Howard students celebrate literacy

Howard students celebrate literacy

February 18th, 2012 by Holly Leber in Life Entertainment

Stories and history will be celebrated across generations next week.

Students from Howard School of Academics and Technology and senior residents of Mary Walker Towers will spend time together, discussing black history and sharing experiences. The importance and value of literacy will be a primary topic, said John L. Edwards III, curator and president of board of directors at Mary Walker Foundation.

One of the goals of the Mary Walker Foundation, Edwards said, is to promote literacy through history. Literacy, he said, is key to freedom.

"Those people who escaped from slavery realized that the thing they had to do to make it was to learn how to read," he said. "We are showing that reading is very important for our future."

Mary Walker was a local black woman who earned a spot in history for her perseverance to learn to read at age 100. This partnership, "Celebrate Literacy! Continuing the Legacy of Mary Walker," is being facilitated by the Chattanooga Department of Arts, Education & Culture.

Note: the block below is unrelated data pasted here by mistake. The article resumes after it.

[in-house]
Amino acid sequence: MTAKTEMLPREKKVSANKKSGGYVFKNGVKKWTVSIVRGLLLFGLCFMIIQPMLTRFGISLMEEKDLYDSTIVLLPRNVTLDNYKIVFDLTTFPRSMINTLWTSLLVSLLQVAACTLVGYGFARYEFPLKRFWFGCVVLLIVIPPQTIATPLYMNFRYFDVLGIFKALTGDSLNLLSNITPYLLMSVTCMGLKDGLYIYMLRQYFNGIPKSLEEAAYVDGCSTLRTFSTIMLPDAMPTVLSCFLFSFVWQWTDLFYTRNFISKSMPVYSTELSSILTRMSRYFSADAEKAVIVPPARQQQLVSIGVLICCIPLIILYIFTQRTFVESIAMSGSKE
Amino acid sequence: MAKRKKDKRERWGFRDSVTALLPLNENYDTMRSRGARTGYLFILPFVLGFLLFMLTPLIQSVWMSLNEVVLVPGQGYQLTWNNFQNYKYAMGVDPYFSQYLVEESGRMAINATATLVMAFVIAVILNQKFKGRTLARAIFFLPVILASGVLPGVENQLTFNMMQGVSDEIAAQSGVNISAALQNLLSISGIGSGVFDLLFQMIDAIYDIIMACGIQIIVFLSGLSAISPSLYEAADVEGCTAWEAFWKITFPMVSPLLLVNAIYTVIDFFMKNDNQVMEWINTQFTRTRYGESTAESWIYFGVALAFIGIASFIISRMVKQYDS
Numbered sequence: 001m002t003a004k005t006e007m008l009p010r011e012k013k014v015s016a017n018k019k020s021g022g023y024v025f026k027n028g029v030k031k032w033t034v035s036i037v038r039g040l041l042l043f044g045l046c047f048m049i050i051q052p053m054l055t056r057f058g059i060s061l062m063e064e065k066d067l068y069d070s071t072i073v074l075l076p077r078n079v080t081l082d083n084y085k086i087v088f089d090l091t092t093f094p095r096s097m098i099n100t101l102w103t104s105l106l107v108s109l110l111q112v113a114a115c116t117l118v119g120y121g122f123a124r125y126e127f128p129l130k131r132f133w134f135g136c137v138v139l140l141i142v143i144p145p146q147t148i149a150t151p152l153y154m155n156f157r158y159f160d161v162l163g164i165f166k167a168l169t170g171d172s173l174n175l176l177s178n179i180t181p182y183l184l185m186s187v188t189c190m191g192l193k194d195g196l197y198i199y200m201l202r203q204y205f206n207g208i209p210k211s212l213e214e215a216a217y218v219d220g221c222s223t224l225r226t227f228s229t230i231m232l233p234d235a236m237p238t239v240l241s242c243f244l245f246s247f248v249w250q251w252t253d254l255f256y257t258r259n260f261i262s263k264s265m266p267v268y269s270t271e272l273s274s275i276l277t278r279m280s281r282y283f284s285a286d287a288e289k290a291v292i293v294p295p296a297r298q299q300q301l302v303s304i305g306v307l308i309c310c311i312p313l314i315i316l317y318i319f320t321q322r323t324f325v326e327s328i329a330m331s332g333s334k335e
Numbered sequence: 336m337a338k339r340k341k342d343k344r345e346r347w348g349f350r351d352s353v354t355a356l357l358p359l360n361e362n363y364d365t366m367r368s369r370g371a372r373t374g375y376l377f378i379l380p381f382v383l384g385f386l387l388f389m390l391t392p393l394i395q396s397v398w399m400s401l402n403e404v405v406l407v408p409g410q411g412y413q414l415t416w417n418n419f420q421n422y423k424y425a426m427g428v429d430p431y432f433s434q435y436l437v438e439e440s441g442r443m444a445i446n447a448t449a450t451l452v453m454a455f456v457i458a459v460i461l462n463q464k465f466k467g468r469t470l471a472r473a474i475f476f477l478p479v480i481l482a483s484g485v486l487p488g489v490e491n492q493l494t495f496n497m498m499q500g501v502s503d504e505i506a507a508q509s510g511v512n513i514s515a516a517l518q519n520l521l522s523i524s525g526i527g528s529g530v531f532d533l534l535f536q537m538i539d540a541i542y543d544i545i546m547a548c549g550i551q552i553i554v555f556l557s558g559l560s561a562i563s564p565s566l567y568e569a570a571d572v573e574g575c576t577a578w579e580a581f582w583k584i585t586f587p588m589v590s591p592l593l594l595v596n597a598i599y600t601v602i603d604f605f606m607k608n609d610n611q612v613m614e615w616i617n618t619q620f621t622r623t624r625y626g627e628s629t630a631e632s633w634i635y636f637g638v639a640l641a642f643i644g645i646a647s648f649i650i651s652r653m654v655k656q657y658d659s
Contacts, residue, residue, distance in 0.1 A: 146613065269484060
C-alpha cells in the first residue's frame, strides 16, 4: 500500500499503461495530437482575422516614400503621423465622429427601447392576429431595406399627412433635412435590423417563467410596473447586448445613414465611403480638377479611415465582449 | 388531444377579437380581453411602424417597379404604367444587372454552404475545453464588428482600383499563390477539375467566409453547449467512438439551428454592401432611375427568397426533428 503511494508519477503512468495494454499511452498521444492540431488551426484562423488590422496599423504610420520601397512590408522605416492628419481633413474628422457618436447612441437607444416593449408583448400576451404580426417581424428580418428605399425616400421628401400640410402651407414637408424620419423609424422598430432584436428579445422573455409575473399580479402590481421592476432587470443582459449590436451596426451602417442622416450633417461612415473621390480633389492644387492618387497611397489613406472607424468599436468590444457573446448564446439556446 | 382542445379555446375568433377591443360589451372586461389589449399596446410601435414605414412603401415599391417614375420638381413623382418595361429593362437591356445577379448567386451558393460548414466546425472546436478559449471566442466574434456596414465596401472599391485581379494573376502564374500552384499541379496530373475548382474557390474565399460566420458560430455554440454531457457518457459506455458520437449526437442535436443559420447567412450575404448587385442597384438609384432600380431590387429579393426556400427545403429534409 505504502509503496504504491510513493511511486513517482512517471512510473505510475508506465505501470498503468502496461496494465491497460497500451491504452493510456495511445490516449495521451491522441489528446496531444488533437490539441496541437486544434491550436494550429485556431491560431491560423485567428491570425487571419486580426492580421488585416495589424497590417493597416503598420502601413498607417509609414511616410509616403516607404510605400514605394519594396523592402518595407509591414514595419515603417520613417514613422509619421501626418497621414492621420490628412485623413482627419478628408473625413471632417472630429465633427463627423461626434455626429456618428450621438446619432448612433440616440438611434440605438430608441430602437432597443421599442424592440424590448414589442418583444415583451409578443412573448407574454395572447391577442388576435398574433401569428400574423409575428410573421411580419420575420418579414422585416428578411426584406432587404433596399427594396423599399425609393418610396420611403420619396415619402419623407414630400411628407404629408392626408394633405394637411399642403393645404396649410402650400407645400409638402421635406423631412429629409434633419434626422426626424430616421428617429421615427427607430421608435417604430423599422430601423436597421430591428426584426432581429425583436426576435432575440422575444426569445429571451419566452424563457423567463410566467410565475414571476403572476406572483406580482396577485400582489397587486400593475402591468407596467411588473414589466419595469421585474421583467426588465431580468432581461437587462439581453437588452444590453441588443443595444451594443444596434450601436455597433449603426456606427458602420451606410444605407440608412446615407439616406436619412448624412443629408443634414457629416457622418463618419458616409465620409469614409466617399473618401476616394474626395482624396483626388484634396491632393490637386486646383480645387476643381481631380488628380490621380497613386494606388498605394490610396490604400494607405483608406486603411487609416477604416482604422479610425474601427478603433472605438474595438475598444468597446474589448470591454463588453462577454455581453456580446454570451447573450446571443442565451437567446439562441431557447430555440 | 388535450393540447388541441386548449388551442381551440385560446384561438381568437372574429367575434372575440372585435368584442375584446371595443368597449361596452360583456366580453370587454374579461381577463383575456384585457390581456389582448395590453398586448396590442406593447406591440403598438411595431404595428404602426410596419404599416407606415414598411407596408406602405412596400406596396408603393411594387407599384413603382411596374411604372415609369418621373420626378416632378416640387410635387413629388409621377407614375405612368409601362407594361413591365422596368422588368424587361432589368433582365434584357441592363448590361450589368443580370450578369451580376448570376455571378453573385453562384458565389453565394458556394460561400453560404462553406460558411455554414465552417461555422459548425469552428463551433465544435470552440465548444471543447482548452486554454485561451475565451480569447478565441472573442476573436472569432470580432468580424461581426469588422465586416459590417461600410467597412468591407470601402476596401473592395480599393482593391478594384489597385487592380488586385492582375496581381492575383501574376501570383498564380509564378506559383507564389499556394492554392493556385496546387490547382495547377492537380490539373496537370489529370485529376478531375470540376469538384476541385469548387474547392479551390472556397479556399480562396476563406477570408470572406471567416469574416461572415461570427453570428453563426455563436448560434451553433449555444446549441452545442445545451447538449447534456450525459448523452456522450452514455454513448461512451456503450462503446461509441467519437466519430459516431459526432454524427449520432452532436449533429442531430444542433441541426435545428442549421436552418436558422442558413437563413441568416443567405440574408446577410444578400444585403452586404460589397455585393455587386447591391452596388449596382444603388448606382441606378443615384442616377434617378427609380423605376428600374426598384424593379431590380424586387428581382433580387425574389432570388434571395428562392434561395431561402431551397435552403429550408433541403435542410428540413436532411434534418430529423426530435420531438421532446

"We have been developing the idea for intergenerational reading circles for some time now," said Missy Crutchfield, EAC administrator, in a news release. "We recognize not only the need for building literacy across generations but also for creating time for youth and adults to discuss the past and the present -- and learn from each other as together we build a better future for our community."

Edwards echoed the hope that bringing together generations can have a positive effect. He said he believes hearing stories about the changes that have taken place over generations will give young people a greater sense of value and appreciation.

"This generation is so disconnected from African-American history," he said. "We think that's the root of some of the problems we have with some young people in gangs. If they knew what price African-Americans paid for what we have now, they would value their lives a lot more."

During the visits, students and residents will spend time discussing black history. Betty Ruth Robinson, president of the Mary Walker Towers resident council, said the talks should prove to be of mutual value.

"Maybe we can learn something from each other," she said. That's what we're aiming for. The young can learn from the elderly as much as the elderly can learn from the young."